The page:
On the case—protecting our homes and wetlands—are super sleuth FOG detectives. This muskrat and otter duo fearlessly searches for clues and uncovers the sources of FOG in our homes.

Be a hero by becoming a FOG detective, too. Help clear the FOG and save our town!

Finding the hidden FOG

Recognizing the sources of FOG is generally easy—cooking oils; fat trimmed from beef, chicken and turkey; fatty meats like bacon; and greasy pizza.

But FOG has some surprising forms:

  • Milk and yogurt (containing fat)
  • Cheese
  • Peanut butter
  • Salad dressing
  • Mayonnaise

Please don’t put foods containing fat down the drain. Read the product label. If it is meat or contains fat, it is a source of FOG.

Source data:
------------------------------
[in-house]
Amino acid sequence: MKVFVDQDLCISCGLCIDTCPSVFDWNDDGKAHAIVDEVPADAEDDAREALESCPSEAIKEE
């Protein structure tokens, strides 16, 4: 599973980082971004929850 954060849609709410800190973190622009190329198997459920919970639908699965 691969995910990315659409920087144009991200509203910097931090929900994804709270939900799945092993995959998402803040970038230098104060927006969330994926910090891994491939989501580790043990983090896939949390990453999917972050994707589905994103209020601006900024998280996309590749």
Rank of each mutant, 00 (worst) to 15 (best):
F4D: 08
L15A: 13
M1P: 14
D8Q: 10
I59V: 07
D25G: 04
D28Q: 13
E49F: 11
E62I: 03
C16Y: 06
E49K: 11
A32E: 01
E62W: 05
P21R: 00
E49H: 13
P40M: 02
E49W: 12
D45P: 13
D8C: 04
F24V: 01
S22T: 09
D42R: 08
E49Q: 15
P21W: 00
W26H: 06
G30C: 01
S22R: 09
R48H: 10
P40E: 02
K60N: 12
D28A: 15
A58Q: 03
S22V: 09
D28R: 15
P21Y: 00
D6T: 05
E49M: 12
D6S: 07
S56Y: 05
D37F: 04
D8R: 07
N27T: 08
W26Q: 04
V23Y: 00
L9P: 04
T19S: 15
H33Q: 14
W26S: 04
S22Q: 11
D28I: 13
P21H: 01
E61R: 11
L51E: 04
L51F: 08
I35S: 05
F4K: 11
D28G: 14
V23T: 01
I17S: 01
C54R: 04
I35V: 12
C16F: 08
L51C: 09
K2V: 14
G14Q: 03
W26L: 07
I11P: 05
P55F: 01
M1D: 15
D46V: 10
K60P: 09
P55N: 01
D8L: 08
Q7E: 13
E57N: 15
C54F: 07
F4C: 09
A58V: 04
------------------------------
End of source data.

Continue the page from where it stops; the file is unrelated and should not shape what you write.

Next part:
FOG costs us all

As FOG collects in sewer lines, the risk of sewer backups increases. FOG narrows the available space for water and sewage to pass. If the system is quickly loaded, like after a heavy rain, the downward flow of sewage can suddenly stop, causing it to reverse direction. Sewage then finds the pathway of least resistance, which is typically into lower levels of homes, onto streets and into nearby streams.

  • Sewer backups are messy, costly and destructive
  • To keep up with accumulating FOG, the utility company must clean sewer lines, sanitary manholes and lift stations regularly, which may increase customers’ utility rates
  • Reducing or eliminating FOG reduces sewer cleaning costs, which can reduce rate increases

Sewer backups can flow into streams and wetlands, impacting wildlife and damaging the environment!

FOG costs us all